“I don’t know if you’ve ever smoked a joint yourself?” Verlaan recently asked the hosts of the Dutch radio program With a View to Tomorrow. “A satisfied smoker is not a troublemaker. So this is all moralistic symbolic politics carried out by the mayor. If you want to tackle the problem, try limiting the growth of budget flights [to Amsterdam], reducing the number of hotel rooms and doing something about the holiday rentals.”


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A tourist attraction is a problem?

To justify her scapegoating of cannabis coffeeshops, Mayor Halsema consistently points to a single survey—also referenced by the New York Times—that showed “57 percent of foreigners visiting the center of Amsterdam say that visiting a coffee shop is a ‘very important reason’ for their visit.”

Unmentioned is that only 22% cited cannabis as the main reason for their visit, never mind their only reason.  And the fact that this survey—funded and conducted by the city, presumably in an effort to discredit coffeeshops—took place entirely inside the Red Light district. Which is home to a vastly disproportionately high concentration of coffeeshops compared to the rest of the city center.

Coffeeshops trying to survive the pandemic

Over the last twenty years, bureaucratic efforts to rein in coffeeshops have already brought the number in Amsterdam down from 283 to the 166 currently in operation—all of which have been offering take-out only during the pandemic.

Under Mayor Halsema’s plan, that number would be slashed to just 66, with the remaining coffeeshops transitioned out of the current grey market and into a new fully legalized and regulated system for cannabis cultivation and distribution. Ironically, the mayor’s own party, the GroenLinks (or Green Left) Party, has been at the forefront of a national push to move coffeeshop operators and suppliers out of the shadows and into full legal compliance.

While Amsterdam has long been an international beacon of “legalized cannabis,” what few people understand is that the entire coffeeshop system originated as an act of mass civil disobedience, and remains to this day technically outside the law—as detailed in Leafly’s comprehensive history of how the Dutch spread cannabis around the world:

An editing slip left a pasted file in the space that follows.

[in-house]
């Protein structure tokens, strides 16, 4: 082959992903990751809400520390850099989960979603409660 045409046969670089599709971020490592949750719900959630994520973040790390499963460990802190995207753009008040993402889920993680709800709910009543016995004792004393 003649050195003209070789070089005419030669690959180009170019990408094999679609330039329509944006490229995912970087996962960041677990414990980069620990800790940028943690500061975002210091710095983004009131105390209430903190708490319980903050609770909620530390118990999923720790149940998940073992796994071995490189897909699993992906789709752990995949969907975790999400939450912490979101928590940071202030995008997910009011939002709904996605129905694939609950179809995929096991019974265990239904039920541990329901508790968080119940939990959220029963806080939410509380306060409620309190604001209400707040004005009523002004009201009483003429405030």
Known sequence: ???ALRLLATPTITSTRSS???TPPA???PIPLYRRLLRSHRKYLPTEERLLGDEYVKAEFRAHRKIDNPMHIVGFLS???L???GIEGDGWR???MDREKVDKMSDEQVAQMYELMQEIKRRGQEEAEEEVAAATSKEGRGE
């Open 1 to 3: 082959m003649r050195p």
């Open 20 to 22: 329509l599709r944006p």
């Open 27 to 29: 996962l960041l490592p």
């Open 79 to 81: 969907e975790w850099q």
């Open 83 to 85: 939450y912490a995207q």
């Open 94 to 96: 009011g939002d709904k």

Starting in 1964, the Dutch Provo movement (short for “provocateurs”) used a mix of street performances, subversive art, and impromptu political demonstrations to take on a system run by “despicable plastic people,” and push for a series of progressive reforms that included immediate cannabis legalization….

By 1969, the Dutch authorities had issued enforcement guidelines prioritizing police to not enforce laws against cannabis possession. Then in 1972, a Dutch student named Wernard Bruining and some friends exerted squatter’s rights over an abandoned bakery and transformed it into Mellow Yellow, a teahouse on a small side street that soon drew crowds for its steady supply of cannabis, which could be purchased from an employee posed as a customer.

Don’t scrap your post-pandemic vacation plans

So where does that leave things?

As reported in the New York Times and subsequently around the world, Amsterdam’s proposed tourist ban for cannabis coffeeshops may go into effect sometime in 2022. But that’s far from certain. And even if the ban does go into effect, it likely won’t last long.

That’s because the results would likely be disastrous, not just for the city’s residents and the tourists who visit, but for the coffeeshops themselves, which rely on foreign visitors to turn a profit. The only real winners would be street dealers and their criminal backers, as noted by Dutch television reporter Gerri Eickhof, in a segment broadcast out front of Amsterdam’s Jolly Joker coffee shop.

“I have lived in this area for a long time,” Eickhof told viewers, “and can still vividly remember how in the past almost every tourist under 40 was pounced on by street vendors hissing ‘drugs for sale.’ There was a lot of crime behind this. The problem largely disappeared when the coffee shops were regulated, with the explicit provision that foreigners were also welcome. And critics of this new plan now fear that if it goes through, that old problem will return.”

David Bienenstock's Bio Image

David Bienenstock

Veteran cannabis journalist David Bienenstock is the author of “How to Smoke Pot (Properly): A Highbrow Guide to Getting High” (2016 – Penguin/Random House), and the co-host and co-creator of the podcast “Great Moments in Weed History with Abdullah and Bean.” Follow him on Twitter @pot_handbook.